Not Lindsey Graham.
Not Mitch McConnell.
Not Donald Trump.
These people are shameless and simply do not care that we know it.
Check out John Cassidy’s New Yorker essay on how The Republicans Are Planning a Shameless Supreme Court Heist to Fill Ruth Bader Ginsburg’s Seat.
Nobody should be surprised at the shamelessness of this [GOP] maneuvering. Trump doesn’t do shame, of course. Neither does McConnell. In 2016, he denied hearings or a vote to Merrick Garland, whom President Barack Obama nominated to the Court nearly nine months before Election Day, following the death of Antonin Scalia. But with Trump in the White House, McConnell has signalled all along that he would bring a Republican nominee to the Senate floor this year if a vacancy were to open shortly before the election. The fact that Ginsburg’s passing came just forty-five days before Election Day was immaterial to the conscience-free Kentucky partisan.
If there were any ambiguity about Trump’s intentions, he removed it on Saturday morning, when he tweeted at his fellow-Republicans: “@GOP We were put in this position of power and importance to make decisions for the people who so proudly elected us, the most important of which has long been considered to be the selection of United States Supreme Court Justices. We have this obligation, without delay!” The battle has already started.
How to win this battle
Mark Sumner (Daily Kos Staff) reports that Hillary Clinton offers 3 steps Democrats can use to keep Trump and McConnell from stealing SCOTUS. Here is some of his post.
“From where I sit, Ruth Bader Ginsburg’s dying wish was not that McConnell would do the right thing. She knew he wouldn’t. It was that we would FIGHT LIKE HELL to preserve her legacy.” — Elie Mystal, The Nation
Hillary Clinton has offered a three-part plan for fighting against the rapid replacement of Justice Ginsburg:
1) WIN OVER GOP SENATORS ON PRINCIPLE.
There are dozens of Republicans who barely finished articulating why there could not be a nomination for a Justice during an election year. Not only did many of them voice this in 2016, some of them have continued to do so over the last four years in the most adamant terms; terms that having included things like “even if this was a Republican president.” It’s included telling America to “use my words against me” if they didn’t hold true to this claim. It may seem that there are no Republicans left willing to stand up for any principle, especially one they created out of convenience in the last election cycle, but that feeds right into the next point.
2) PRESSURE GOP SENATORS IN TIGHT RE-ELECTION BIDS.
There are definitely Republicans in red states who will feel like falling in line behind Trump and McConnell is the only option. But there are also those—like Susan Collins—who are already finding that standing too close to Trump is leaving them with radiation burns. Push them. Make this an issue. There’s absolutely no doubt that, no matter who Trump nominates, it will be some Federalist Society-approved ultraconservative, ready to tear down everything Justice Ginsburg accomplished and paint the nation in a shade of industrial repression gray. Make it clear that anyone voting for Trump’s nominee—anyone who even supports a vote on Trump’s nominee—is supporting the reversal of every gain made under Ginsburg.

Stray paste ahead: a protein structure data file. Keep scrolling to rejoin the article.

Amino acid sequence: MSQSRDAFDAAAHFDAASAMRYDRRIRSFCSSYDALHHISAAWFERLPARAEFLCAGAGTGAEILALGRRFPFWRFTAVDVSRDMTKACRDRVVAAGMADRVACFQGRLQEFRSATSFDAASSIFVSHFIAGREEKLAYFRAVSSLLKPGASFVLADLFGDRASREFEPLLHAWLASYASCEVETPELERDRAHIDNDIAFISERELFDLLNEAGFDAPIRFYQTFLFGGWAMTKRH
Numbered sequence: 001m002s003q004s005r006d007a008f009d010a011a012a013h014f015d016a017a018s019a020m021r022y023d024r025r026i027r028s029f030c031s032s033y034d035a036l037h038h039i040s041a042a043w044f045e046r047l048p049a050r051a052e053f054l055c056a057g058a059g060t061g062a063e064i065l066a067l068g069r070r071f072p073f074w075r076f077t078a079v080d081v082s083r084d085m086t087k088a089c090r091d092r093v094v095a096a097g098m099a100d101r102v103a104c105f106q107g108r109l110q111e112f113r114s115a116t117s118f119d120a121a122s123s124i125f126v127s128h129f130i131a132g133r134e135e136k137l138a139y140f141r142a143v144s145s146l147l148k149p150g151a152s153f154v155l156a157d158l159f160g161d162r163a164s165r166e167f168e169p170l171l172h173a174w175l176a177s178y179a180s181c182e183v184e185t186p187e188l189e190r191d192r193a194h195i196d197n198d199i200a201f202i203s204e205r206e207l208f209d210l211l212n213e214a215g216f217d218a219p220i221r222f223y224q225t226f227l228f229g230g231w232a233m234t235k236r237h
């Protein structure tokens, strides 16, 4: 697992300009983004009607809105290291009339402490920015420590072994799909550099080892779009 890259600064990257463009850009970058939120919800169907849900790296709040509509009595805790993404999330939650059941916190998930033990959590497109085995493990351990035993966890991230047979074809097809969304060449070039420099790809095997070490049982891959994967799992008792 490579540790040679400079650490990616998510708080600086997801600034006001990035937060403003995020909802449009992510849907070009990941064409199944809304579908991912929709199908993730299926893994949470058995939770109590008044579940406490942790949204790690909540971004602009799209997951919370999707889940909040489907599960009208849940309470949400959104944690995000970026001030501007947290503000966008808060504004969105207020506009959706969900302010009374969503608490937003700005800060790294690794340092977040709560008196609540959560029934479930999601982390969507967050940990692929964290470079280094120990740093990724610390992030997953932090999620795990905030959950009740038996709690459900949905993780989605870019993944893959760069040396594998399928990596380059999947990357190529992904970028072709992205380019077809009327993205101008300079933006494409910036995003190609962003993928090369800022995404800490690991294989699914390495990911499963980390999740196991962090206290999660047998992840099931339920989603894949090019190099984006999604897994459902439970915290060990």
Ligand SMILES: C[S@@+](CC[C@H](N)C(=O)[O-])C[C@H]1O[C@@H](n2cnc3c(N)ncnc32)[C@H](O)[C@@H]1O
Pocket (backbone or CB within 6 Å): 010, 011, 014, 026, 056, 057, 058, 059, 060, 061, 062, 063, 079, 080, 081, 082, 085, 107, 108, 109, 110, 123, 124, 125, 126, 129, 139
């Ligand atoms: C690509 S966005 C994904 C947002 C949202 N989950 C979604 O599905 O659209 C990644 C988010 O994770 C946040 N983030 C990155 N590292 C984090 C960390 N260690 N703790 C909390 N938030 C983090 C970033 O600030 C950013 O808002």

3) USE PROCEDURAL OBSTACLES IN THE SENATE.
There are not nearly as many obstacles here as there used to be, because the idea that the Senate runs on rules has been simply discarded by McConnell—who regularly discards the idea of regular order to simply do as he pleases. Still, there are some shreds remaining. To start with, Democrats must refuse a continuing resolution so long as there is any threat of McConnell forwarding a nominee. Unless there is a binding agreement—an agreement that goes way beyond McConnell’s word—shut it all the #$%@ down. In addition, Democrats must deny the Senate unanimous consent. Not just unanimous consent on the nomination, but on everything. The Senate has less than two weeks of scheduled sessions in the remainder of the year. Democrats need to deploy every possible roadblock to scheduling hearings, holding hearings, bringing a nominee forward, scheduling a vote … these are delaying tactics, and there’s little doubt that McConnell will run over them all. Only, if the polls start to show that Americans aren’t happy about the nominee or the process, McConnell might start to lose some of these procedural votes.
And Americans are already not happy.
In Times/Siena polls of Maine, North Carolina and Arizona released Friday, voters preferred Mr. Biden to select the next Supreme Court justice by 12 percentage points, 53 percent to 41 percent. In each of the three states, Mr. Biden led by just a slightly wider margin on choosing the next justice than he did over all.
According to that poll, the desire to see Biden pick the nominee is actually higher than the base support for Biden. This could very well mean that the importance of this issue gets driven home to Republicans up for reelection in a very visible way.
But if any of the above is going to happen, it’s also going to have to happen in the streets, on the phones, and in every forum where Democrats—and everyone else—can make it clear that the legacy of Justice Ruth Bader Ginsburg must be preserved at all cost. She carried us this far. Now we have to carry her dream.